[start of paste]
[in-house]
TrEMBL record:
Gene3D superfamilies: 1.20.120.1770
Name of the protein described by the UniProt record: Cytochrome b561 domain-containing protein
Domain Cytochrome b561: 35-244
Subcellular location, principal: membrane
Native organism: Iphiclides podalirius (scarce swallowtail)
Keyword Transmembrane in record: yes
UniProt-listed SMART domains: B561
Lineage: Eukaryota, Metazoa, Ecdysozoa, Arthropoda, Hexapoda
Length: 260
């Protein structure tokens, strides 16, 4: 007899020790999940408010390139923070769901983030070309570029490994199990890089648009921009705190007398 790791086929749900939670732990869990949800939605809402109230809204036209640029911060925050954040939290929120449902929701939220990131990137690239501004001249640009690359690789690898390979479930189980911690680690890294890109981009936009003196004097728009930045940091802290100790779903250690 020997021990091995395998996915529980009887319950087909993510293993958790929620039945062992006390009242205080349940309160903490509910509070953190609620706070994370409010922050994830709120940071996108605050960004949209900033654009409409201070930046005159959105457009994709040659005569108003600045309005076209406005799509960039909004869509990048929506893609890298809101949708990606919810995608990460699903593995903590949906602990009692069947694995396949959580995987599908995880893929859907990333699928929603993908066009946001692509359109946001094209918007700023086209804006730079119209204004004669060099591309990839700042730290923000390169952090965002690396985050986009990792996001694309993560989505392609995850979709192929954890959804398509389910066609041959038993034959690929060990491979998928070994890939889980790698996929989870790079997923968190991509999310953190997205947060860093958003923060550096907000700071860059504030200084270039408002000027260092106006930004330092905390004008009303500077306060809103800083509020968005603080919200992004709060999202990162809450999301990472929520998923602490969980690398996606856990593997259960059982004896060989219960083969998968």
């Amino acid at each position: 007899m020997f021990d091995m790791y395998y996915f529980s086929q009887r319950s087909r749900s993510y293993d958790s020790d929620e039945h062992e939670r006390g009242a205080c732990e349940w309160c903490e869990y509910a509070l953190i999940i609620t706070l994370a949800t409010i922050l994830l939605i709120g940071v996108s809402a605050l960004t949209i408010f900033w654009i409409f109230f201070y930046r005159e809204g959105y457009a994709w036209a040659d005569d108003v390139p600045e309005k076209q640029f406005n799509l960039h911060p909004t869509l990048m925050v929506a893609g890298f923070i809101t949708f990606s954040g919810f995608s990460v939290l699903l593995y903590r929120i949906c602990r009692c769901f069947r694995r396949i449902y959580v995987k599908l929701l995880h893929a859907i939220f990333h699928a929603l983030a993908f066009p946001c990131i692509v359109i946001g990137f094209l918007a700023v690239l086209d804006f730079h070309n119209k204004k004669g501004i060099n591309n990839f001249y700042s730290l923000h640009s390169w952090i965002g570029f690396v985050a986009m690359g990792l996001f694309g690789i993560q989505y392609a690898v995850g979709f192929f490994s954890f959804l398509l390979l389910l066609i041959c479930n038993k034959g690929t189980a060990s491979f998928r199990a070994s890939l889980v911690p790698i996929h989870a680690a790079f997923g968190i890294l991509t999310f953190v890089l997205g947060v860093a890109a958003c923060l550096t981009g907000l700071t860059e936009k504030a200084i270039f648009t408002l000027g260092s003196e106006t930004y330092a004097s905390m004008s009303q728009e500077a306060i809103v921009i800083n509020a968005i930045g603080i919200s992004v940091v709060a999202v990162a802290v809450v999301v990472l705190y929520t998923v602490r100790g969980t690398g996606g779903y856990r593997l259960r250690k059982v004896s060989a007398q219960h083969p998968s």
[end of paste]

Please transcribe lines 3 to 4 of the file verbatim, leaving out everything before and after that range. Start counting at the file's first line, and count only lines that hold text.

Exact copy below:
Gene3D superfamilies: 1.20.120.1770
Name of the protein described by the UniProt record: Cytochrome b561 domain-containing protein